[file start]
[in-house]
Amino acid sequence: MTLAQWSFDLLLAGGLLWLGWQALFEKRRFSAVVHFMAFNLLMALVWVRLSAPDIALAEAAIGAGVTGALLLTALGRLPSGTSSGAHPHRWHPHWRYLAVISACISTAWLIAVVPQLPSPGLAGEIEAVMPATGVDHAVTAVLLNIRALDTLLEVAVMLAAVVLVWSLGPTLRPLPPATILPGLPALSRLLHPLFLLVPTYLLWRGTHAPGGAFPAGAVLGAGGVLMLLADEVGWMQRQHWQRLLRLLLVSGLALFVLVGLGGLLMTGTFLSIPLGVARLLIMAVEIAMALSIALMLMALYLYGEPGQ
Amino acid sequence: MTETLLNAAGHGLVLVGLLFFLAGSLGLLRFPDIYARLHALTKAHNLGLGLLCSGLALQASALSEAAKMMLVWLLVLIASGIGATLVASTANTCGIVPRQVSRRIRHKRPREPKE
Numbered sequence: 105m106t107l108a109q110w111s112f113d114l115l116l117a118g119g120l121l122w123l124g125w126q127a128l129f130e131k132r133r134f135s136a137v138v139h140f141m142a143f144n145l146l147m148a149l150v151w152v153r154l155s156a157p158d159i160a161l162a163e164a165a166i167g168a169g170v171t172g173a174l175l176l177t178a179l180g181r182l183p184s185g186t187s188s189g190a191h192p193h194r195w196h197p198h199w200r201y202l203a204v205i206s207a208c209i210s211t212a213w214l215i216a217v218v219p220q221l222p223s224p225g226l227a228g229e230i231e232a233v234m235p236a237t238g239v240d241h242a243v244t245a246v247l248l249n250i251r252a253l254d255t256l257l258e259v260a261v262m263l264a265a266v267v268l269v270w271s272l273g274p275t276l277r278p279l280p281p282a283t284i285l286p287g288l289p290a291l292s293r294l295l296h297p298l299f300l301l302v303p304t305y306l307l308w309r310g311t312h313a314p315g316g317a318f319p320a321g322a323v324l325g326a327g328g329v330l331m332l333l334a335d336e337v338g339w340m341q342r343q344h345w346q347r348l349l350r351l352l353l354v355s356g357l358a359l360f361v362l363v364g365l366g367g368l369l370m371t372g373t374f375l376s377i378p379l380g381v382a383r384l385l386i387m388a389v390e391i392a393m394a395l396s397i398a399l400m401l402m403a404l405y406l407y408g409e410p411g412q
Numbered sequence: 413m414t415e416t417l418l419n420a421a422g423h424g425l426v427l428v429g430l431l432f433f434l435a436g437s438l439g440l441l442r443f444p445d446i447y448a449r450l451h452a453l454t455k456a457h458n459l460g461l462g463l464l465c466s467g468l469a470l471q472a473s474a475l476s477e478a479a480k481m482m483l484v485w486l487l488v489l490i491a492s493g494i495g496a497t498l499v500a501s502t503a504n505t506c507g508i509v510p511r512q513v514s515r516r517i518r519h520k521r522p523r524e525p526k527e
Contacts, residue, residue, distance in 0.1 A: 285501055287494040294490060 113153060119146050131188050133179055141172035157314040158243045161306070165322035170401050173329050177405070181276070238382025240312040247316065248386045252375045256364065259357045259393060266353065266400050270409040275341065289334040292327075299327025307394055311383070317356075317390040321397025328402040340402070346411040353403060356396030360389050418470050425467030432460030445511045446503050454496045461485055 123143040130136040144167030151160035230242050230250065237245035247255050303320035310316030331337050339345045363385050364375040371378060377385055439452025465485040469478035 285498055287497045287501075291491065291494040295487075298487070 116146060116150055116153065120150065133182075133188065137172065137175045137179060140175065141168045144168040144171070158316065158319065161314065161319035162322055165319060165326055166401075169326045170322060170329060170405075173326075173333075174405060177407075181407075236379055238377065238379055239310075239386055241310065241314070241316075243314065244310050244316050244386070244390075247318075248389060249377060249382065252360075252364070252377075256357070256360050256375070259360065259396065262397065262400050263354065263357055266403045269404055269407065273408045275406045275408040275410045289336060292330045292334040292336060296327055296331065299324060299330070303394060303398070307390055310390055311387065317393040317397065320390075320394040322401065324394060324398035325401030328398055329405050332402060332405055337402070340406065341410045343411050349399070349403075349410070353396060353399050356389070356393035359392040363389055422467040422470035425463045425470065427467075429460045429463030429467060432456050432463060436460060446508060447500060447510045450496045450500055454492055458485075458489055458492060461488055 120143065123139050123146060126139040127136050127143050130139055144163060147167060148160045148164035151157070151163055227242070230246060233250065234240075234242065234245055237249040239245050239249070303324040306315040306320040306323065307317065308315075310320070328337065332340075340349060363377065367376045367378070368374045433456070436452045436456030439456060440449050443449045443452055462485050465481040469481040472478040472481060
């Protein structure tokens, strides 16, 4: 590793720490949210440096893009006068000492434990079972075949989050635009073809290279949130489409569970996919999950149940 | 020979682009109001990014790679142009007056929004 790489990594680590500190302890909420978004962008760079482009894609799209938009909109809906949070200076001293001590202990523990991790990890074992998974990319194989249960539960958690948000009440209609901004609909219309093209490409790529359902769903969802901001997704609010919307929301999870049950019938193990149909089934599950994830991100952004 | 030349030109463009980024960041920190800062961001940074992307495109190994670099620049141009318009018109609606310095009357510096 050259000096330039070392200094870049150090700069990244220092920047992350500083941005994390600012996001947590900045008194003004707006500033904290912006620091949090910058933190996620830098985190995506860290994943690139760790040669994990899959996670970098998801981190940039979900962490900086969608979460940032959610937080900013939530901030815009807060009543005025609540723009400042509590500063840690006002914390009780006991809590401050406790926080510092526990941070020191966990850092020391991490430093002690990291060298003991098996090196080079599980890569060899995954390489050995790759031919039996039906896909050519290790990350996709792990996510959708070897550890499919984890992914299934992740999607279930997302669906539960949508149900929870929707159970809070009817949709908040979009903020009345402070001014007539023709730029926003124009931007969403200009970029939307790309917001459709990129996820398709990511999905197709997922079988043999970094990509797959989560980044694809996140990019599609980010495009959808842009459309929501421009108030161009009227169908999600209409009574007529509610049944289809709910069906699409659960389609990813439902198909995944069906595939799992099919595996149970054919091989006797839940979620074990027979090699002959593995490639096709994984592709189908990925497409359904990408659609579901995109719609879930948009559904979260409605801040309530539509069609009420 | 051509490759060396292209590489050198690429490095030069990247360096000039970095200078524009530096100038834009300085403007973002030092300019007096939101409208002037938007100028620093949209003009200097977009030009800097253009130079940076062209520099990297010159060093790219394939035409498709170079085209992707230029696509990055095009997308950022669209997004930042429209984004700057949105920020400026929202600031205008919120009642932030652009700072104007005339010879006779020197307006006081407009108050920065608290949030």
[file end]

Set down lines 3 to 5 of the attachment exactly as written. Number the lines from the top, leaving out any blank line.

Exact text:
Amino acid sequence: MTETLLNAAGHGLVLVGLLFFLAGSLGLLRFPDIYARLHALTKAHNLGLGLLCSGLALQASALSEAAKMMLVWLLVLIASGIGATLVASTANTCGIVPRQVSRRIRHKRPREPKE
Numbered sequence: 105m106t107l108a109q110w111s112f113d114l115l116l117a118g119g120l121l122w123l124g125w126q127a128l129f130e131k132r133r134f135s136a137v138v139h140f141m142a143f144n145l146l147m148a149l150v151w152v153r154l155s156a157p158d159i160a161l162a163e164a165a166i167g168a169g170v171t172g173a174l175l176l177t178a179l180g181r182l183p184s185g186t187s188s189g190a191h192p193h194r195w196h197p198h199w200r201y202l203a204v205i206s207a208c209i210s211t212a213w214l215i216a217v218v219p220q221l222p223s224p225g226l227a228g229e230i231e232a233v234m235p236a237t238g239v240d241h242a243v244t245a246v247l248l249n250i251r252a253l254d255t256l257l258e259v260a261v262m263l264a265a266v267v268l269v270w271s272l273g274p275t276l277r278p279l280p281p282a283t284i285l286p287g288l289p290a291l292s293r294l295l296h297p298l299f300l301l302v303p304t305y306l307l308w309r310g311t312h313a314p315g316g317a318f319p320a321g322a323v324l325g326a327g328g329v330l331m332l333l334a335d336e337v338g339w340m341q342r343q344h345w346q347r348l349l350r351l352l353l354v355s356g357l358a359l360f361v362l363v364g365l366g367g368l369l370m371t372g373t374f375l376s377i378p379l380g381v382a383r384l385l386i387m388a389v390e391i392a393m394a395l396s397i398a399l400m401l402m403a404l405y406l407y408g409e410p411g412q
Numbered sequence: 413m414t415e416t417l418l419n420a421a422g423h424g425l426v427l428v429g430l431l432f433f434l435a436g437s438l439g440l441l442r443f444p445d446i447y448a449r450l451h452a453l454t455k456a457h458n459l460g461l462g463l464l465c466s467g468l469a470l471q472a473s474a475l476s477e478a479a480k481m482m483l484v485w486l487l488v489l490i491a492s493g494i495g496a497t498l499v500a501s502t503a504n505t506c507g508i509v510p511r512q513v514s515r516r517i518r519h520k521r522p523r524e525p526k527e